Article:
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  • Open Access English
    Authors: 
    F. Mugnai; F. Mugnai; A. Ridolfi; M. Bianchi; M. Franchi; G. Tucci;
    Publisher: Copernicus Publications
    Country: Italy

    Abstract. This paper focuses on the implementation of new techniques for bathymetric inspections. The scope is the exploitation of sensors, usually and commonly used for navigation, namely the altimeter and the Forward Looking Sonar (FLS), for identifying objects which are laying on the sea floor. In this particular framework, the low spatial resolution and coverage of these sensors have been enhanced through the application of classical computational geometry. The altimeter and the FLS are part of the most common underwater navigation systems, and they are vastly mounted on Autonomous Underwater Vehicles. Although they are not designed for this kind of accurate measurements and for 3D spatial reconstruction, they are quite cost-effective if compared with standard multibeam acoustic systems. Developing a technique for exploiting such an affordable low cost and widely used sensor will empower the Cultural Heritage community of users, giving a feasible opportunity to perform effective archaeological campaigns also within small funded projects.

Include:
1 Research products, page 1 of 1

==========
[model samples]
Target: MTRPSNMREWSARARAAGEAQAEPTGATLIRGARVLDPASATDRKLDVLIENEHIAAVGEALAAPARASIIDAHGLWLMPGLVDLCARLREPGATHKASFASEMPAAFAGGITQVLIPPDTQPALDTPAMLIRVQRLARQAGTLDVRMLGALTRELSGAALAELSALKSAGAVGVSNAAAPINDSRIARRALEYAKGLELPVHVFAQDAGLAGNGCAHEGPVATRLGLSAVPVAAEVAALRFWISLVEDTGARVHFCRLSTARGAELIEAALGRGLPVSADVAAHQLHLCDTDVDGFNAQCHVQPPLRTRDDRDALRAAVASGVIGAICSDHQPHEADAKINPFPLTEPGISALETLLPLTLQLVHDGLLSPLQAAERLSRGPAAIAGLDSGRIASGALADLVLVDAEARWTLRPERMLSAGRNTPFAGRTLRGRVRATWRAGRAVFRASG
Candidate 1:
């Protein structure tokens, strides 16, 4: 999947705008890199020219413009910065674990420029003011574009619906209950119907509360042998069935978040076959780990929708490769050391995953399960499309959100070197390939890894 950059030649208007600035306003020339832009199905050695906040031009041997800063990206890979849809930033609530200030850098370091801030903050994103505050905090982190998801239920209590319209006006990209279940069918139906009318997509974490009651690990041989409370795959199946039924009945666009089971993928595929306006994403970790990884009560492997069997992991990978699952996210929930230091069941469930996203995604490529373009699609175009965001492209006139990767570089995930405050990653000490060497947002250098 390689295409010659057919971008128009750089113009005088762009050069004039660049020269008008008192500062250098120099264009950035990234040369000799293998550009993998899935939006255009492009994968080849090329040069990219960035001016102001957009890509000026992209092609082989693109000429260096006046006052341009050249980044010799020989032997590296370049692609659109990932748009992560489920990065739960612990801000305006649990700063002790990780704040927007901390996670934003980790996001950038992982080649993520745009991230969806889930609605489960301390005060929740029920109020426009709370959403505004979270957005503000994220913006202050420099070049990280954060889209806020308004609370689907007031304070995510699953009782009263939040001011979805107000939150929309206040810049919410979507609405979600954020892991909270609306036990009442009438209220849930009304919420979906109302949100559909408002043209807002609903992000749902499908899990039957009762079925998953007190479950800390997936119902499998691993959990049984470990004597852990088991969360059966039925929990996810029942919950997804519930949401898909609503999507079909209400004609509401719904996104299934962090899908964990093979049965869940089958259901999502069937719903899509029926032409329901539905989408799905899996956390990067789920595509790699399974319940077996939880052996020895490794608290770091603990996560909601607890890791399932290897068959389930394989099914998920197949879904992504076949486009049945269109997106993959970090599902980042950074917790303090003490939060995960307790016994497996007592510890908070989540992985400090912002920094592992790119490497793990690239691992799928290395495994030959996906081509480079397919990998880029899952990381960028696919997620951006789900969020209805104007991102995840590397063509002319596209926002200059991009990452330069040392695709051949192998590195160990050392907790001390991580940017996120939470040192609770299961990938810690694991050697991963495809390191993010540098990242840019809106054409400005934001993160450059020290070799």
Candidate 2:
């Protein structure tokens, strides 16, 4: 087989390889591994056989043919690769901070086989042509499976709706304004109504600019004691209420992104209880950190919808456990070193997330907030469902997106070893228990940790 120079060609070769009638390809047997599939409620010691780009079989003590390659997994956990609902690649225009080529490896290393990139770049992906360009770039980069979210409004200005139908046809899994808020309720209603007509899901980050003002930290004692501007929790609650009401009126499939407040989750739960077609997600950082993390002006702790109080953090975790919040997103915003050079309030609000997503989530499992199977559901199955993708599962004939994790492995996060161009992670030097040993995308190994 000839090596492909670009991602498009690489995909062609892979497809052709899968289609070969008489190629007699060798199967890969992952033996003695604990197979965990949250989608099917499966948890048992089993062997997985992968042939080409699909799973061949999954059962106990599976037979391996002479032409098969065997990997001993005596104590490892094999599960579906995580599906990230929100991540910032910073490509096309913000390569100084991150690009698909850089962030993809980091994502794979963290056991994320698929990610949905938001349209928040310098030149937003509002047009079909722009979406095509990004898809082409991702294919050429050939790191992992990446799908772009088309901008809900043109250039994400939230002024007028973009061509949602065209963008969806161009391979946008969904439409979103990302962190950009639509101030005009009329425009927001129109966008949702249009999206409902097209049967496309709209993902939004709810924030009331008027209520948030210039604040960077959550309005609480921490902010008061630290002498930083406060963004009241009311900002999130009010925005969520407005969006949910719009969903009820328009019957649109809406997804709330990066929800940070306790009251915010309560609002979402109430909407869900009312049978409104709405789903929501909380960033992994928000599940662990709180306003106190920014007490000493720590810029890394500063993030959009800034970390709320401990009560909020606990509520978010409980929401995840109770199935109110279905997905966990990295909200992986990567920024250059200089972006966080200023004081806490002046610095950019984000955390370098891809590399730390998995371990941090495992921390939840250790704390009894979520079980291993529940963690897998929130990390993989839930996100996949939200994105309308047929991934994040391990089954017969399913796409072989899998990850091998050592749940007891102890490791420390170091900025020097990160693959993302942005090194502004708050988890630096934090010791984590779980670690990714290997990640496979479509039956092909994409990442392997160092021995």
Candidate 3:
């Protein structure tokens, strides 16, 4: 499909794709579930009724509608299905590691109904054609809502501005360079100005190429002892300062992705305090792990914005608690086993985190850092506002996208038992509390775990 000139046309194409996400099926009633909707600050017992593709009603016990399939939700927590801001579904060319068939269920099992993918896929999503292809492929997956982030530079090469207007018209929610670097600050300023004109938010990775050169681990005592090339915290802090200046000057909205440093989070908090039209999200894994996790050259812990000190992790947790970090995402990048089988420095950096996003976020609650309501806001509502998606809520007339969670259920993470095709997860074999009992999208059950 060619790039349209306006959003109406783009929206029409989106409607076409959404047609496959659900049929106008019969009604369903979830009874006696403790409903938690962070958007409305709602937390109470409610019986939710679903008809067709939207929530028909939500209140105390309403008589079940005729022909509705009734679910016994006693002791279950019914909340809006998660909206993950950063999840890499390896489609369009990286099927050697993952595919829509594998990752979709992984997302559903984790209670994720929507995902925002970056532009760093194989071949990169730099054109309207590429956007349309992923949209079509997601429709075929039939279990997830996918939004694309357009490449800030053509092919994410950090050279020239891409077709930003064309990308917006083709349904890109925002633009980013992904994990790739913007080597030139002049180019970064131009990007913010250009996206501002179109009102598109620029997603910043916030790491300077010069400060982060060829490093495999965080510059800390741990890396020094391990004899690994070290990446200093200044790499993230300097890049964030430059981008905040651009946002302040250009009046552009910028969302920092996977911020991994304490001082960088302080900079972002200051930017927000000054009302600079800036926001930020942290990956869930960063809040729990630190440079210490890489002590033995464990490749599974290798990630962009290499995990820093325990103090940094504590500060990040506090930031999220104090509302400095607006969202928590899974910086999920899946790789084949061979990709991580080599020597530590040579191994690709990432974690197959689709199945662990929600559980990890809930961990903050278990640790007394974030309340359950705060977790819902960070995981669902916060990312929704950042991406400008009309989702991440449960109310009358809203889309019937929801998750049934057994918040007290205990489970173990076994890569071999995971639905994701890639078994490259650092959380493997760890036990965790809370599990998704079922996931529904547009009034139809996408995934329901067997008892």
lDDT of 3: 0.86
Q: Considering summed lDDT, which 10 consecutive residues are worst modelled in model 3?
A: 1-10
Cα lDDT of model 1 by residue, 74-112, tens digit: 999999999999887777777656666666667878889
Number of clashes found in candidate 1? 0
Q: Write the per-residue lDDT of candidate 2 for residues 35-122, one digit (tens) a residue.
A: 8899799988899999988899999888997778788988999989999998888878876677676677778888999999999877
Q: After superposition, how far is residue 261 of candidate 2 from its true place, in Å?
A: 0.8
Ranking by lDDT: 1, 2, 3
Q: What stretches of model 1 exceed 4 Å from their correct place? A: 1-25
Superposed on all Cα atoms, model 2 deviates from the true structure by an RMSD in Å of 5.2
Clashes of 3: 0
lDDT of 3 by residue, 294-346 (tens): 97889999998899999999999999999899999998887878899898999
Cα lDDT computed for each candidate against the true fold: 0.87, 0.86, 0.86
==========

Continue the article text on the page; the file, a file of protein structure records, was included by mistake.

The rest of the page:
• Open Access English
    Authors: 
    F. Mugnai; F. Mugnai; A. Ridolfi; M. Bianchi; M. Franchi; G. Tucci;
    Publisher: Copernicus Publications
    Country: Italy

    Abstract. This paper focuses on the implementation of new techniques for bathymetric inspections. The scope is the exploitation of sensors, usually and commonly used for navigation, namely the altimeter and the Forward Looking Sonar (FLS), for identifying objects which are laying on the sea floor. In this particular framework, the low spatial resolution and coverage of these sensors have been enhanced through the application of classical computational geometry. The altimeter and the FLS are part of the most common underwater navigation systems, and they are vastly mounted on Autonomous Underwater Vehicles. Although they are not designed for this kind of accurate measurements and for 3D spatial reconstruction, they are quite cost-effective if compared with standard multibeam acoustic systems. Developing a technique for exploiting such an affordable low cost and widely used sensor will empower the Cultural Heritage community of users, giving a feasible opportunity to perform effective archaeological campaigns also within small funded projects.

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